Nature is balance
Between birth and death of all
Demand and supply
Too much birth brings extinction
Too much death makes life grow strong.

and she expresses herself through the use of contrast and balance to help us to understand and adapt to the changing circumstances of life. In a recent interview (Spotlight on Writers / Spillwords Press, July 13, 2019) Gutierrez, born in Makati City, Philippines, and currently living in Cebu City, reveals that she has always had an affinity with nature after trips with her parents to Tagaytay to take a break from the hustle and bustle of city life. Her love of the natural world is revealed in these tankas where each one is a scenic piece that says so much in a short space about universal truths. 


The collection of tankas by Eileen R. Tabios is divided into twelve sections. Most, if not all of them, are drawn from her previous publications but taken together they showcase the way in which she has developed and experimented with the form. Also included is a short poetry-in-progress essay on the ethical dilemmas of writing poems based on someone else’s first hand experiences of war.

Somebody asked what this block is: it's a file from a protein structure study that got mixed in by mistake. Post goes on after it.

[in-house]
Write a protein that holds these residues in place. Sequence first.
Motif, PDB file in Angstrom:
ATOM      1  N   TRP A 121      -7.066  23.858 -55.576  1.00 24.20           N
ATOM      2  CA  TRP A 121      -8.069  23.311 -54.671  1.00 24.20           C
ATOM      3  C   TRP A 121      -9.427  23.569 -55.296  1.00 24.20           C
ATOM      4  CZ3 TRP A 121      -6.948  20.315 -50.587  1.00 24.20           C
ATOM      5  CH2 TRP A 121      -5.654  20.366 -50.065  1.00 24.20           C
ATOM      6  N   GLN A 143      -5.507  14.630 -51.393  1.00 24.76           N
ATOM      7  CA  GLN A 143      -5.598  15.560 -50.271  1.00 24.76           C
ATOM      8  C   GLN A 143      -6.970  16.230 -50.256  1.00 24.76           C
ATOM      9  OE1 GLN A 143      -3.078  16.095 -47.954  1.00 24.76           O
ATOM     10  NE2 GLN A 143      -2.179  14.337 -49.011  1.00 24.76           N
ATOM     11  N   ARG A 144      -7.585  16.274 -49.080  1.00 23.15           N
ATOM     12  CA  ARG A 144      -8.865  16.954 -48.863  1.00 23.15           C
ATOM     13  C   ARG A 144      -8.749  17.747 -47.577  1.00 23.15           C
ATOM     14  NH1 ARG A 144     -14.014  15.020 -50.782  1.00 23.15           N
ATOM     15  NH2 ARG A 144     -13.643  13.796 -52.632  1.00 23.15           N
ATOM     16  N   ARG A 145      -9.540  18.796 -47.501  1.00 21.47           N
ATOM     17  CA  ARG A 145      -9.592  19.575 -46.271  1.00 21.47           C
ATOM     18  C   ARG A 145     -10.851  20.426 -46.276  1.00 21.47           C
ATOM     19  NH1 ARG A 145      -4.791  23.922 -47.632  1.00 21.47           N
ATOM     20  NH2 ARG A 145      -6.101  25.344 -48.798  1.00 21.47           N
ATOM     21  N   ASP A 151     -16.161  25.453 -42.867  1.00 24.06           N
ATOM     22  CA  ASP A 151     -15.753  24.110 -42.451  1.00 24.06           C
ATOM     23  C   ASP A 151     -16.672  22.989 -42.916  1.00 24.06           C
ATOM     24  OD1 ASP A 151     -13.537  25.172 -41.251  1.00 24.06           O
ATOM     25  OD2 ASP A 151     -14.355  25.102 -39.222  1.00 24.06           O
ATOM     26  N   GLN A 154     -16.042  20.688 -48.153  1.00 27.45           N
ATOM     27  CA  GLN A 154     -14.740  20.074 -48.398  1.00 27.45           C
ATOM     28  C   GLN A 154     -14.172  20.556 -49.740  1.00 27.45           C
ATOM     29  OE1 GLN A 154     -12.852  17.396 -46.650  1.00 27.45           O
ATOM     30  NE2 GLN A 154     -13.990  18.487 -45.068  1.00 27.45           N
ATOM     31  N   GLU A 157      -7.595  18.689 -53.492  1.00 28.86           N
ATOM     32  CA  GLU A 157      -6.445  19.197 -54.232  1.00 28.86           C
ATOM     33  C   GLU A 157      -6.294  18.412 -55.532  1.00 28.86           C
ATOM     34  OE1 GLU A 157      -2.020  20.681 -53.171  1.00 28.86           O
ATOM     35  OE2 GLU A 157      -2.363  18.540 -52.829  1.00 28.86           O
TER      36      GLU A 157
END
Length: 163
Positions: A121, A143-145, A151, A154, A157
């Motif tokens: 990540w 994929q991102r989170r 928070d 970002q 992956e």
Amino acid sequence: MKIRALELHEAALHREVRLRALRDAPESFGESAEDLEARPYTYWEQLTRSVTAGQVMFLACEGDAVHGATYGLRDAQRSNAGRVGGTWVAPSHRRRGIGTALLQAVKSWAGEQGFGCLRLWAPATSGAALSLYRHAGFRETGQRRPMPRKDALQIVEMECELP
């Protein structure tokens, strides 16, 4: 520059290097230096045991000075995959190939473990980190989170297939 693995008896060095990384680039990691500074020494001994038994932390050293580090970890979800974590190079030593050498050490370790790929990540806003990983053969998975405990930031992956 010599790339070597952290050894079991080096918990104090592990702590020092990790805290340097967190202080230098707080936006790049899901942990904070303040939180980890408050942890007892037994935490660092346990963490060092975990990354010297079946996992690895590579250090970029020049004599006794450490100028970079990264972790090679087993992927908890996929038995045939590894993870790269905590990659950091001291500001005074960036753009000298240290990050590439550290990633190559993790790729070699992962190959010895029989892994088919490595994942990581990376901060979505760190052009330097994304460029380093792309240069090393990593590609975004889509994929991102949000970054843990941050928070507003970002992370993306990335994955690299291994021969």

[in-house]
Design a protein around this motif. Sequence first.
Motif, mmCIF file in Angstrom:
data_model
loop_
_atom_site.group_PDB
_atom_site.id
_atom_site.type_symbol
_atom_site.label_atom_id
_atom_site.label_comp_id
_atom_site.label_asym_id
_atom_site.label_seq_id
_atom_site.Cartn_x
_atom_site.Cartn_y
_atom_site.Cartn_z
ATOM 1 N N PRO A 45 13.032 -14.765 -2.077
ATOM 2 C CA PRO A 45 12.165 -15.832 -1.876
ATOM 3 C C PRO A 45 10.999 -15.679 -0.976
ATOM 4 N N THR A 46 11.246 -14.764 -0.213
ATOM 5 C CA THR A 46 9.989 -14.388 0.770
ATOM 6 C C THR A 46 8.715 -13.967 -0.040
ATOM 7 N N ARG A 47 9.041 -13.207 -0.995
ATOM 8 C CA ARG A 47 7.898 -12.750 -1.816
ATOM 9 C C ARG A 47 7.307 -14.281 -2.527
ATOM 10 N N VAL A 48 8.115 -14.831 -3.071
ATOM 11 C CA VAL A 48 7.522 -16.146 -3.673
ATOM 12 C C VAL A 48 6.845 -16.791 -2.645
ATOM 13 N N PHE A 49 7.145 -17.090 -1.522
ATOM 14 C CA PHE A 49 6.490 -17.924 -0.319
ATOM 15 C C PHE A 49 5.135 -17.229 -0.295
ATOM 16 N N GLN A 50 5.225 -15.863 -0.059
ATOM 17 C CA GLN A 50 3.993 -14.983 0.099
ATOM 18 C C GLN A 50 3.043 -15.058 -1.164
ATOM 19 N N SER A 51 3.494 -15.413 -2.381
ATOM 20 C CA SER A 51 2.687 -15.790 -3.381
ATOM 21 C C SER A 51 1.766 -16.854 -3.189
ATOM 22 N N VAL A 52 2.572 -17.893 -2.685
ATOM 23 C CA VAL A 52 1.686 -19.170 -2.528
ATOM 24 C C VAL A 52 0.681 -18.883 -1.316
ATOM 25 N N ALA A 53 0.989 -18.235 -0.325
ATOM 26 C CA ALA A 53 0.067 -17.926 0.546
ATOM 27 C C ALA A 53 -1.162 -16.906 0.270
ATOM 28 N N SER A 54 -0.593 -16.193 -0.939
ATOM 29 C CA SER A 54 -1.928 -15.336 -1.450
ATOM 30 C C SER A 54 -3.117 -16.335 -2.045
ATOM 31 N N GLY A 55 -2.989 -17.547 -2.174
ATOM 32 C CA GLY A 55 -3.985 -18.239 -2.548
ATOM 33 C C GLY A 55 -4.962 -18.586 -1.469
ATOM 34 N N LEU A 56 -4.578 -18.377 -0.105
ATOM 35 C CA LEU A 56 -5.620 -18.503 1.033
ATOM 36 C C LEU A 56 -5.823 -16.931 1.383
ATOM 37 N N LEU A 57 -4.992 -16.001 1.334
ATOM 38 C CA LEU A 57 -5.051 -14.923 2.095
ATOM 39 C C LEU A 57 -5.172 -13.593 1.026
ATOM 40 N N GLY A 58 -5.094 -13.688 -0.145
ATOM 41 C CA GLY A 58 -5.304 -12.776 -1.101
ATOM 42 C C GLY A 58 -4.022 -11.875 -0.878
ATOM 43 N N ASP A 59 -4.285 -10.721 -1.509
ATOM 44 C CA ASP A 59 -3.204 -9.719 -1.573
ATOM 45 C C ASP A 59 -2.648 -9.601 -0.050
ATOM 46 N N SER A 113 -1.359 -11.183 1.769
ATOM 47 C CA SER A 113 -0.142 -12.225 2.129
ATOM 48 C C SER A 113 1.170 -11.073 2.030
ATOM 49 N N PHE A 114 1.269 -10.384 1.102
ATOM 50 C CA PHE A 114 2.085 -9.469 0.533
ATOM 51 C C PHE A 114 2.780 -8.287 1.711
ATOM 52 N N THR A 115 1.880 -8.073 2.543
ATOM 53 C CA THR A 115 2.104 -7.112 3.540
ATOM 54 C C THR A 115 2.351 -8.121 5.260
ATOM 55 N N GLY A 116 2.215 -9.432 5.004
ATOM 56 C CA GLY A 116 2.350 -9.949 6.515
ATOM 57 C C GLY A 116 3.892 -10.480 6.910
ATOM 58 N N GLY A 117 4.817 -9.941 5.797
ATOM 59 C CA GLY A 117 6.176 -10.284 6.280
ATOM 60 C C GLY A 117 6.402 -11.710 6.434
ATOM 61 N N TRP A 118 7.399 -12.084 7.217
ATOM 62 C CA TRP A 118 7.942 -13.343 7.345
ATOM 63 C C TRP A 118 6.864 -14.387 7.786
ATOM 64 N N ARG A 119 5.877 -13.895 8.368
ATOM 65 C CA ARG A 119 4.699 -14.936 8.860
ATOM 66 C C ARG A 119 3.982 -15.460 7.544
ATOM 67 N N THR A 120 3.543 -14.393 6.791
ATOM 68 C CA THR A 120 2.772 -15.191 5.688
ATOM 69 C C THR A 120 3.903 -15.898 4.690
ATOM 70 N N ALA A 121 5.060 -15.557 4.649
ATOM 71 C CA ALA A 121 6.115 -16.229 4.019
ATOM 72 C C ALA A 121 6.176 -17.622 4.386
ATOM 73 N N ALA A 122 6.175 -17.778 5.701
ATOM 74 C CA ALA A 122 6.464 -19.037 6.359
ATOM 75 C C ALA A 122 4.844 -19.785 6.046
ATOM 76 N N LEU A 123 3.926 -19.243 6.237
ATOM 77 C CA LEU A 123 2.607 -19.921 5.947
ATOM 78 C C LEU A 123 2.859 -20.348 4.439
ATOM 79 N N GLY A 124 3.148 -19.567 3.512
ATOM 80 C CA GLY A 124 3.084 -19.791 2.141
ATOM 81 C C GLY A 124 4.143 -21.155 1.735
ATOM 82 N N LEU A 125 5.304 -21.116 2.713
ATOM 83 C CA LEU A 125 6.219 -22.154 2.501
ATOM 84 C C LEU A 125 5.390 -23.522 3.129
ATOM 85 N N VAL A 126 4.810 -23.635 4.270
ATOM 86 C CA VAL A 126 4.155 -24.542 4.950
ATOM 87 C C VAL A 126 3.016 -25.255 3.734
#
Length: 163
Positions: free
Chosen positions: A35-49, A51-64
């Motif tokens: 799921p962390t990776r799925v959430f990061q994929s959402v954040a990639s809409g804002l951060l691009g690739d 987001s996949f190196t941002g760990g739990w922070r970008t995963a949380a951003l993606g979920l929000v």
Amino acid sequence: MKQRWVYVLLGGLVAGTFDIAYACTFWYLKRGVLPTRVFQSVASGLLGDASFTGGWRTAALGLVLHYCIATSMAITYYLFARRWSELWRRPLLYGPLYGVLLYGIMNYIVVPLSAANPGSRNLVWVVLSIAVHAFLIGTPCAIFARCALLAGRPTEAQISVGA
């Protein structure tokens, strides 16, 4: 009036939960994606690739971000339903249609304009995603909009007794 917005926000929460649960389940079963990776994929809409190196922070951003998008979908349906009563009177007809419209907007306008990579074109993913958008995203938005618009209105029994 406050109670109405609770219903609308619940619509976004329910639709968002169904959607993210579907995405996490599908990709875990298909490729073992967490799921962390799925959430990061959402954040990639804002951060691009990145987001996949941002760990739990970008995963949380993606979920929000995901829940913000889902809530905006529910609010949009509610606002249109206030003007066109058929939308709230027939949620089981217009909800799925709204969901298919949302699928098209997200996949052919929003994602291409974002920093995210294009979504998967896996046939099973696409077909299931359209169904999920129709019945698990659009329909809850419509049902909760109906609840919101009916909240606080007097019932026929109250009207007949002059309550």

In this collection Tabios utilises a variety of styles to fit her poetic purposes. There are single stanza tankas (My First Three Tankas); tanka chains or sequences (Maple Leaf Tanka); tankas written around a common theme (Tanka for Chef Tom, The Great Grief and Emergency Room Tankas); tankas written in a shorter format to pay homage to the original Japanese form (Excavated Tankas) and tankas split into two stanzas that reflect another (older) form of the genre, the latter presented in a combination of line repetitions affording multiple permutations.